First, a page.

Occam’s razor is a principle attributed to William of Occam a 14th century philosopher. Occam’s razor advocates for choosing the simplest hypothesis that explains your data, yet no simpler. While this notion is simple and elegant, it is often misunderstood to mean that we must select the simplest hypothesis possible regardless of performance.
The simplest hypothesis that fits the data is also the most plausible
In their 2008 paper in Nature, Johan Nyberg and colleagues used a 4-level artificial neural network to predict seasonal hurricane counts using two or three environmental variables. The authors reported stellar accuracy in predicting seasonal North Atlantic hurricane counts, however their model violates Occam’s razor and most certainly doesn’t generalize to unseen data. The razor was violated when the hypothesis or model selected to describe the relationship between environmental data and seasonal hurricane counts was generated using a four-layer neural network. A four-layer neural network can model virtually any function no matter how complex and could fit a small dataset very well but fail to generalize to unseen data. The rightmost panel in the top figure shows such incident. The hypothesis selected by the algorithm (the blue curve) to explain the data is so complex that it fits through every single data point. That is: for any given house size in the training data, I can give you with pinpoint accuracy the price it would sell for. It doesn’t take much to observe that even a human couldn’t be that accurate. We could give you a very close estimate of the price, but to predict the selling price of a house, within a few dollars , every single time is impossible.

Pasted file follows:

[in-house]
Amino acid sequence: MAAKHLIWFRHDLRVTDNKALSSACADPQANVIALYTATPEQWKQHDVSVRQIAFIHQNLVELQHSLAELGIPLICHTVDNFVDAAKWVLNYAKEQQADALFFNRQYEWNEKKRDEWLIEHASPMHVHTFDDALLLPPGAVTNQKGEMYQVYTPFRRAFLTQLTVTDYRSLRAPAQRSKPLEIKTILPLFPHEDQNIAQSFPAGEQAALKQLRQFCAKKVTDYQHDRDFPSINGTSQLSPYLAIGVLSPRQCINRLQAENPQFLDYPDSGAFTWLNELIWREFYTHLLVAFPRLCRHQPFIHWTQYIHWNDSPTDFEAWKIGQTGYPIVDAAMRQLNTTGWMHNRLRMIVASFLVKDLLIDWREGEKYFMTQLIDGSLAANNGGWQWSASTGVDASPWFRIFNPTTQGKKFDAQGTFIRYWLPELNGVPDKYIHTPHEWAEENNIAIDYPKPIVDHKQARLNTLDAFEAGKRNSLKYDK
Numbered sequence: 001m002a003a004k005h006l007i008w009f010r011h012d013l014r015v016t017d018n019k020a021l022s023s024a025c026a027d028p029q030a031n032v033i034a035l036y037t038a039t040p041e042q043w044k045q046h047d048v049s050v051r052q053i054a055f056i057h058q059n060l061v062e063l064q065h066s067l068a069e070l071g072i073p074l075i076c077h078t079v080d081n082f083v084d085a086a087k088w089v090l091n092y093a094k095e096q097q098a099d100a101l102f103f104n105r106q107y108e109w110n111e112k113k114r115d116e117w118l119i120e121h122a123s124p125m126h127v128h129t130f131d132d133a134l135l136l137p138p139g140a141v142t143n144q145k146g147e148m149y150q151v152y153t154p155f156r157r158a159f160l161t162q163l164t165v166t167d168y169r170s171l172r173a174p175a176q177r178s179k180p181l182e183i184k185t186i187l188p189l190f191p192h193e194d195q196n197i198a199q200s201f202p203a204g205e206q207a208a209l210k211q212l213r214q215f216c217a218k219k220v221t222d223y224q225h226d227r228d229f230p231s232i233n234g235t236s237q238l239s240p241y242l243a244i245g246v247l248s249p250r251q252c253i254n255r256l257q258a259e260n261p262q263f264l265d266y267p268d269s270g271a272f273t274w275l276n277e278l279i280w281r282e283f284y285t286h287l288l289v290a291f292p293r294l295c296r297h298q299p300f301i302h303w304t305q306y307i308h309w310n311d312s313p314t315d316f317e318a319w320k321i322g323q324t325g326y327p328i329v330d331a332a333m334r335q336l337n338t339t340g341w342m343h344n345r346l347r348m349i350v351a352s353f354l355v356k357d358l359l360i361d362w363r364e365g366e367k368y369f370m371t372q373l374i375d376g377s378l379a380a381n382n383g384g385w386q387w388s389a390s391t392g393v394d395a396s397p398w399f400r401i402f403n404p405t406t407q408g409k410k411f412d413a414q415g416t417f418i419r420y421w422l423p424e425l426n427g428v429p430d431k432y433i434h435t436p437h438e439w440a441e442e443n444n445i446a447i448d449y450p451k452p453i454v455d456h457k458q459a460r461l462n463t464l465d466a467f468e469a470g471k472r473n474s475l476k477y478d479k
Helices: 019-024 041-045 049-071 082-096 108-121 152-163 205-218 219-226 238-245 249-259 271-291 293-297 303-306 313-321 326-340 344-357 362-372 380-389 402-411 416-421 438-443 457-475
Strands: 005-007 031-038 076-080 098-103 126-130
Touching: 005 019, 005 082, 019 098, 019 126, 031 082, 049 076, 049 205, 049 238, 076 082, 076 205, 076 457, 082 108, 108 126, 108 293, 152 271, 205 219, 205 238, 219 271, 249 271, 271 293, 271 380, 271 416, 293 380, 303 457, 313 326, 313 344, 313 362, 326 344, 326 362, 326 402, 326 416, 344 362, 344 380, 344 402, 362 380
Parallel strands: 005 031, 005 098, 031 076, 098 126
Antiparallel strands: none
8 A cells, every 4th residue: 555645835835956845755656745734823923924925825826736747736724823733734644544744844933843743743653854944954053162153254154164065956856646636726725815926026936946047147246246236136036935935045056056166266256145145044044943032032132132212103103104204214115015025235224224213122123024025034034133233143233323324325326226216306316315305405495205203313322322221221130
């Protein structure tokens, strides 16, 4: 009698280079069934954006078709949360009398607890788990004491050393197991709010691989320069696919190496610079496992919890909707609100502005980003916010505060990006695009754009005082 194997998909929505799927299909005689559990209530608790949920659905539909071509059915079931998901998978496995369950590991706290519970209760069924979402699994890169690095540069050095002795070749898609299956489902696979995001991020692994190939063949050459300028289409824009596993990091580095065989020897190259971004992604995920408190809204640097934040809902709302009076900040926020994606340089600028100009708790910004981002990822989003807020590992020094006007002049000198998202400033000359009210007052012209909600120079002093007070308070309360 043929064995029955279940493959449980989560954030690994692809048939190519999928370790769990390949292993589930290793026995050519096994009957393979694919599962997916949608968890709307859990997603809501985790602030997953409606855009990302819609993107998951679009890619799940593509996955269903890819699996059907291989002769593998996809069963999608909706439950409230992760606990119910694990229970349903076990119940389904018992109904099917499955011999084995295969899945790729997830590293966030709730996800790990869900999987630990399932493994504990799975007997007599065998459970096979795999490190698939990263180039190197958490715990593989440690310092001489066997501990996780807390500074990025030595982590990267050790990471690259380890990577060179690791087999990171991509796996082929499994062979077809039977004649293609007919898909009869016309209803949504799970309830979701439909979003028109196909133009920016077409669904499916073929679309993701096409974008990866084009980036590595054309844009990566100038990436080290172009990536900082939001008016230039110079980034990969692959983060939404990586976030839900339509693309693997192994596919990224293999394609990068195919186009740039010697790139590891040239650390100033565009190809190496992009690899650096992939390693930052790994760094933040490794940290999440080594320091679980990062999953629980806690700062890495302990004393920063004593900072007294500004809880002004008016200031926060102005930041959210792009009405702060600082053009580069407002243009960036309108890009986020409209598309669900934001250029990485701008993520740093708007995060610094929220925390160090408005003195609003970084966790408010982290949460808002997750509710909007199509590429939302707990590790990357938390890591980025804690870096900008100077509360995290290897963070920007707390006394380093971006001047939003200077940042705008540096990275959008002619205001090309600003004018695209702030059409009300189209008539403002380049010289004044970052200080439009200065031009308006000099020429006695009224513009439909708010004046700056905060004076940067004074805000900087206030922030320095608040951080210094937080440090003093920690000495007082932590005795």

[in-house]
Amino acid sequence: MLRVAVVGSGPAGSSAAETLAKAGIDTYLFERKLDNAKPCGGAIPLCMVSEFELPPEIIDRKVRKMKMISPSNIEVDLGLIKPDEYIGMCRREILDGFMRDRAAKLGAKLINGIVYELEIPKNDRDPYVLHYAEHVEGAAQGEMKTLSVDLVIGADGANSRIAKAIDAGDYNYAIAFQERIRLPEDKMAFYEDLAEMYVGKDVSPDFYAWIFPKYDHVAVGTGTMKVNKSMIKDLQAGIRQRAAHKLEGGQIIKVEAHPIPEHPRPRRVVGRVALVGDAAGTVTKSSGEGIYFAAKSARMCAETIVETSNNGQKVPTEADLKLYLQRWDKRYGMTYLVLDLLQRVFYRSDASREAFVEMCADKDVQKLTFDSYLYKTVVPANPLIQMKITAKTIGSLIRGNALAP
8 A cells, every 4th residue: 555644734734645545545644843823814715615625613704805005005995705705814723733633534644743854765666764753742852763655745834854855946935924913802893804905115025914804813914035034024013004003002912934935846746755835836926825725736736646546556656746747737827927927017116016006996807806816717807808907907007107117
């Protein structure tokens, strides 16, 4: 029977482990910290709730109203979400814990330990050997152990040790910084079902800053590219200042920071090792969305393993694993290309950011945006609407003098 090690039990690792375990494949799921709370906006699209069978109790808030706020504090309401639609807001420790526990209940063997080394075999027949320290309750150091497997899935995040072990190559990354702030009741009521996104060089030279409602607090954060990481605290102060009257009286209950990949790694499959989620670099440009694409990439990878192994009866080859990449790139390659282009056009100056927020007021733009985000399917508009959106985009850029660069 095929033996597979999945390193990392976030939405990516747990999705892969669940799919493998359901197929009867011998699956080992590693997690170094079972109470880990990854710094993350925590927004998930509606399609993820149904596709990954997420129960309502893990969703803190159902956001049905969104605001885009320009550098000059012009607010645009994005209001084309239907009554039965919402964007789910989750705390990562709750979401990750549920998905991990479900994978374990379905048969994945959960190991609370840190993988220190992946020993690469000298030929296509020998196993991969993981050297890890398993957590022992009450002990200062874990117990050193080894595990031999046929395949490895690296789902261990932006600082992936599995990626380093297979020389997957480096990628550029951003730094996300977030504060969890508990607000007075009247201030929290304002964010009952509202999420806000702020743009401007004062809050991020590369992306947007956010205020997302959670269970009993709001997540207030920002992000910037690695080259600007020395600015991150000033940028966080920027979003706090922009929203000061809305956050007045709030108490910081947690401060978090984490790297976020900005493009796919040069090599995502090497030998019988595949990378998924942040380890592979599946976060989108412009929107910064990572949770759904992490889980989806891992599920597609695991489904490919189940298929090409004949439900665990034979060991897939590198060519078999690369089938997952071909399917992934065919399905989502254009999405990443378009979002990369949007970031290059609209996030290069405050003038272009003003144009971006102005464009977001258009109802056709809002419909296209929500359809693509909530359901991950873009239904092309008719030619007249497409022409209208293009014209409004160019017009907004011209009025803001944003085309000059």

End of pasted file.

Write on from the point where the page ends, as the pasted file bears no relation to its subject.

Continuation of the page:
Think of overfitting as memorizing as opposed to learning.